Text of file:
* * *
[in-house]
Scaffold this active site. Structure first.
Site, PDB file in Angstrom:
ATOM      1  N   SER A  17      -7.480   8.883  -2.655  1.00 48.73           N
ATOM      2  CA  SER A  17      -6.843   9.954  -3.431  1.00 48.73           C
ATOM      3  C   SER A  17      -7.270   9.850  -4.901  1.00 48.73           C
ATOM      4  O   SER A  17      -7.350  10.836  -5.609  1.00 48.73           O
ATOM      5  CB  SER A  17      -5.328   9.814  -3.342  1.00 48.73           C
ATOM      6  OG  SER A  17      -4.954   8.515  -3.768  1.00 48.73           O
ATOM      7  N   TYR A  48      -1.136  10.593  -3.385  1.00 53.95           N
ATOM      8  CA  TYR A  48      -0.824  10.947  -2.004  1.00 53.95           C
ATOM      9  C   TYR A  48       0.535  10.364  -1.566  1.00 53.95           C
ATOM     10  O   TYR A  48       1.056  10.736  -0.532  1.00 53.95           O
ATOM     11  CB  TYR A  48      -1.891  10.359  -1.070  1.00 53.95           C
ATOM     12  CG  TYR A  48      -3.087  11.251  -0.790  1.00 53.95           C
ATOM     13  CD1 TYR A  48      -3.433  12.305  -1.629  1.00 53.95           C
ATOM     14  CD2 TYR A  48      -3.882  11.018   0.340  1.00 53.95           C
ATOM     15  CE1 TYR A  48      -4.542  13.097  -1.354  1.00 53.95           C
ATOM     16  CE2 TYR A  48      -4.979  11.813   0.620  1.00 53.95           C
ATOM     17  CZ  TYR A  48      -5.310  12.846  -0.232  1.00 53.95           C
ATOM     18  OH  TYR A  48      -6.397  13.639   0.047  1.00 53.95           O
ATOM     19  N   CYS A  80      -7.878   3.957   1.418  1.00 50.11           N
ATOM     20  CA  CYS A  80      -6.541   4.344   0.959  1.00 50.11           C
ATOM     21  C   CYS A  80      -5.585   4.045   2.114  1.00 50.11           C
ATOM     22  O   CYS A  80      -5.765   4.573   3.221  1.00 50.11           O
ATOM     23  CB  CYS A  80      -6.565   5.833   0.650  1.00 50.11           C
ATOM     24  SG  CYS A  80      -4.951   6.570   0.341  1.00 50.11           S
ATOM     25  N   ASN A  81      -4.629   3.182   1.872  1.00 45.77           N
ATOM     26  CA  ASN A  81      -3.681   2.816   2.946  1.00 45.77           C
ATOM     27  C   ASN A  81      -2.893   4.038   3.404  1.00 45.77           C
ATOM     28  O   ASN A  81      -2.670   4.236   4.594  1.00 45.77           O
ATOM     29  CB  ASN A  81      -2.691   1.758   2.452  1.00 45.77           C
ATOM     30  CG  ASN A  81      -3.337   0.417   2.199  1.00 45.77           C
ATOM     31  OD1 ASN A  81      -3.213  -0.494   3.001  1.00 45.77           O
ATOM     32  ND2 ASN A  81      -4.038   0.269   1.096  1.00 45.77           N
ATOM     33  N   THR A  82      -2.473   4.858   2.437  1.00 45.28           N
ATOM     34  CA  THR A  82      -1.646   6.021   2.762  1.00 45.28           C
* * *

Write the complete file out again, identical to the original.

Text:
[in-house]
Scaffold this active site. Structure first.
Site, PDB file in Angstrom:
ATOM      1  N   SER A  17      -7.480   8.883  -2.655  1.00 48.73           N
ATOM      2  CA  SER A  17      -6.843   9.954  -3.431  1.00 48.73           C
ATOM      3  C   SER A  17      -7.270   9.850  -4.901  1.00 48.73           C
ATOM      4  O   SER A  17      -7.350  10.836  -5.609  1.00 48.73           O
ATOM      5  CB  SER A  17      -5.328   9.814  -3.342  1.00 48.73           C
ATOM      6  OG  SER A  17      -4.954   8.515  -3.768  1.00 48.73           O
ATOM      7  N   TYR A  48      -1.136  10.593  -3.385  1.00 53.95           N
ATOM      8  CA  TYR A  48      -0.824  10.947  -2.004  1.00 53.95           C
ATOM      9  C   TYR A  48       0.535  10.364  -1.566  1.00 53.95           C
ATOM     10  O   TYR A  48       1.056  10.736  -0.532  1.00 53.95           O
ATOM     11  CB  TYR A  48      -1.891  10.359  -1.070  1.00 53.95           C
ATOM     12  CG  TYR A  48      -3.087  11.251  -0.790  1.00 53.95           C
ATOM     13  CD1 TYR A  48      -3.433  12.305  -1.629  1.00 53.95           C
ATOM     14  CD2 TYR A  48      -3.882  11.018   0.340  1.00 53.95           C
ATOM     15  CE1 TYR A  48      -4.542  13.097  -1.354  1.00 53.95           C
ATOM     16  CE2 TYR A  48      -4.979  11.813   0.620  1.00 53.95           C
ATOM     17  CZ  TYR A  48      -5.310  12.846  -0.232  1.00 53.95           C
ATOM     18  OH  TYR A  48      -6.397  13.639   0.047  1.00 53.95           O
ATOM     19  N   CYS A  80      -7.878   3.957   1.418  1.00 50.11           N
ATOM     20  CA  CYS A  80      -6.541   4.344   0.959  1.00 50.11           C
ATOM     21  C   CYS A  80      -5.585   4.045   2.114  1.00 50.11           C
ATOM     22  O   CYS A  80      -5.765   4.573   3.221  1.00 50.11           O
ATOM     23  CB  CYS A  80      -6.565   5.833   0.650  1.00 50.11           C
ATOM     24  SG  CYS A  80      -4.951   6.570   0.341  1.00 50.11           S
ATOM     25  N   ASN A  81      -4.629   3.182   1.872  1.00 45.77           N
ATOM     26  CA  ASN A  81      -3.681   2.816   2.946  1.00 45.77           C
ATOM     27  C   ASN A  81      -2.893   4.038   3.404  1.00 45.77           C
ATOM     28  O   ASN A  81      -2.670   4.236   4.594  1.00 45.77           O
ATOM     29  CB  ASN A  81      -2.691   1.758   2.452  1.00 45.77           C
ATOM     30  CG  ASN A  81      -3.337   0.417   2.199  1.00 45.77           C
ATOM     31  OD1 ASN A  81      -3.213  -0.494   3.001  1.00 45.77           O
ATOM     32  ND2 ASN A  81      -4.038   0.269   1.096  1.00 45.77           N
ATOM     33  N   THR A  82      -2.473   4.858   2.437  1.00 45.28           N
ATOM     34  CA  THR A  82      -1.646   6.021   2.762  1.00 45.28           C